A couple of changes quietly crept into the law recently. They are major estate planning events for some estates and executors.
Congress passed and the President signed a temporary extension of the highway trust fund in late July. The law contains a few tax provisions designed to raise some revenue, and one of those changes affects estate planning and beneficiaries.
When property is inherited, heirs usually can increase the tax basis to its fair market value on the date of the previous owner’s death. This allows all appreciation during the previous owner’s period of ownership to escape capital gains taxes, though it might be subject to estate taxes.
The estate executor compiles an inventory of all property owned by the decedent and values the property. The property is included on the estate tax return (if it is required to file one), at its fair market value on the date of the decedent’s passing.
The IRS believes beneficiaries often inflate the basis of inherited property when they sell it. When computing capital gains taxes, the heirs assign a tax basis to the property that is higher than what the estate used to value the property.
To prevent this, the law now requires estates to file information returns with the IRS and beneficiaries. The information returns will include descriptions of the property and the value reported on the estate tax return. The estate will be penalized for failing to file such returns. Also, the beneficiary will be subject to a 20% accuracy-related penalty if he or she is caught selling an asset and reporting a basis higher than what the estate reported.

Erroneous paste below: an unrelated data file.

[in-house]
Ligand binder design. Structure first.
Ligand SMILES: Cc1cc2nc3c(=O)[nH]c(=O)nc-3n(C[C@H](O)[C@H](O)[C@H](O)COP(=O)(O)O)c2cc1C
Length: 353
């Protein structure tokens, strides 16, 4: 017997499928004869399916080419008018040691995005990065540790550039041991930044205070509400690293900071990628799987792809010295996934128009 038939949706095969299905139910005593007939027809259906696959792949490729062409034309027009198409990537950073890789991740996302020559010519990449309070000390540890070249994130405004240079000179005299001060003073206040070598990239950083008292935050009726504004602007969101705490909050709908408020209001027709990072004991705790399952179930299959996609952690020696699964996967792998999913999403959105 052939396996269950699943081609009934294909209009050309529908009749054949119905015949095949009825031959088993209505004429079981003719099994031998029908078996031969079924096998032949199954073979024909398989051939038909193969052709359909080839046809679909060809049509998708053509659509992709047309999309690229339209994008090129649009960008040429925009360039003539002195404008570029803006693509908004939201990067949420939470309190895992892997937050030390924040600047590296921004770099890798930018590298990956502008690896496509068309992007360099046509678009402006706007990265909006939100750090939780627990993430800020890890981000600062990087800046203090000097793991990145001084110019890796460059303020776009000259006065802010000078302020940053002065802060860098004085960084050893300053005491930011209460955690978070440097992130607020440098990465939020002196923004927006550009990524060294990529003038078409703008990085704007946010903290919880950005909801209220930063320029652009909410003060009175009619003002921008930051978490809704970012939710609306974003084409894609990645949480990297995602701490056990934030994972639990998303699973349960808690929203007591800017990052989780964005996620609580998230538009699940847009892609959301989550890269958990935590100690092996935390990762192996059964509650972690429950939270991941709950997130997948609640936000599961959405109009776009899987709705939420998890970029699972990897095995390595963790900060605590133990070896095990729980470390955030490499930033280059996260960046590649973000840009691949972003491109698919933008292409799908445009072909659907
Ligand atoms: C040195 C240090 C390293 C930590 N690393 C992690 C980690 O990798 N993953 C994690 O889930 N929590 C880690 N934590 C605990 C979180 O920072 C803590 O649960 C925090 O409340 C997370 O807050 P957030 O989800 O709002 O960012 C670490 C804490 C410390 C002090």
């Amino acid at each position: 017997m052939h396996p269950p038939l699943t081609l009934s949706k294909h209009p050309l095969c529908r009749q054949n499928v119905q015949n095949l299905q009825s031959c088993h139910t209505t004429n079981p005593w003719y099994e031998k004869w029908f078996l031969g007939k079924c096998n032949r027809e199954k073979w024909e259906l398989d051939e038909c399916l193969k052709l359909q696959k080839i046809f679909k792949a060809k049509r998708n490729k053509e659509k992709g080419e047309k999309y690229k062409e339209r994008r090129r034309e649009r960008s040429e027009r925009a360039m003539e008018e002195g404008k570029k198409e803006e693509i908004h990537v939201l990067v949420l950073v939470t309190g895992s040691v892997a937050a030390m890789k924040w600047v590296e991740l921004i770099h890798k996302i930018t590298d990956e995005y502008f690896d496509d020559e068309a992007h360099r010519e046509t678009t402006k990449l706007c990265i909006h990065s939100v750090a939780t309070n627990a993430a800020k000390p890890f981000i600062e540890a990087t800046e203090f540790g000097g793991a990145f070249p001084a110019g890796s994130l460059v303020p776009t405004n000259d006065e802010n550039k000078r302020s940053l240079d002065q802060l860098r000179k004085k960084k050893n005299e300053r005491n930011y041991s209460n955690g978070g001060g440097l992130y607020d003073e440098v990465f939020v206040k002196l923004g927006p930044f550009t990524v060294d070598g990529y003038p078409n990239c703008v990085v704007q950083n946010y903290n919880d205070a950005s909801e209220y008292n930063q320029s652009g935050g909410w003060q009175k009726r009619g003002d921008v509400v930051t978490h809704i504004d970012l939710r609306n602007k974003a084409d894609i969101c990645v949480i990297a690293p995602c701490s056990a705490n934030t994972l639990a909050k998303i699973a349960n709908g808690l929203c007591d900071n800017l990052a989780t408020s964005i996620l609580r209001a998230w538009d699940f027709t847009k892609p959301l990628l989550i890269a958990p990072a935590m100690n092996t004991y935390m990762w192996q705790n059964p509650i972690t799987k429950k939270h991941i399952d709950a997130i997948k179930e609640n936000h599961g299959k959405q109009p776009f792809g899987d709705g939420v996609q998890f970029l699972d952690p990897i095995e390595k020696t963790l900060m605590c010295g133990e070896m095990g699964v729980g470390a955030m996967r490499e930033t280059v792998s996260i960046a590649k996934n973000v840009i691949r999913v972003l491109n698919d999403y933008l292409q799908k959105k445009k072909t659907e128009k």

Pending the release of IRS regulations it appears that only estates that file estate tax returns have to file the information returns. But to take advantage of the transfer of an unused lifetime exemption from one spouse to another (the portability rule), an estate has to file a return even if it isn’t required to. So, it could be that most estates also will have to file these information reports.
In another change that affects estate planning, the IRS no longer will automatically mail closing letters to executors of estates. In the past, the IRS routinely issued these letters stating that the estate tax return was received and that it either is accepted as filed or that there’s been an audit and both sides agreed to the changes.
Smart executors often wait until such letters are received before distributing an estate. That’s because beneficiaries will be personally liable for unpaid taxes if the estate is distributed before taxes are settled. For some taxes and debts an executor can be personally liable if property prematurely is distributed from an estate.
The IRS still will issue the closing letters. But the executor has to ask for one, and the IRS suggests waiting until at least four months after an estate tax return is filed before requesting the letter.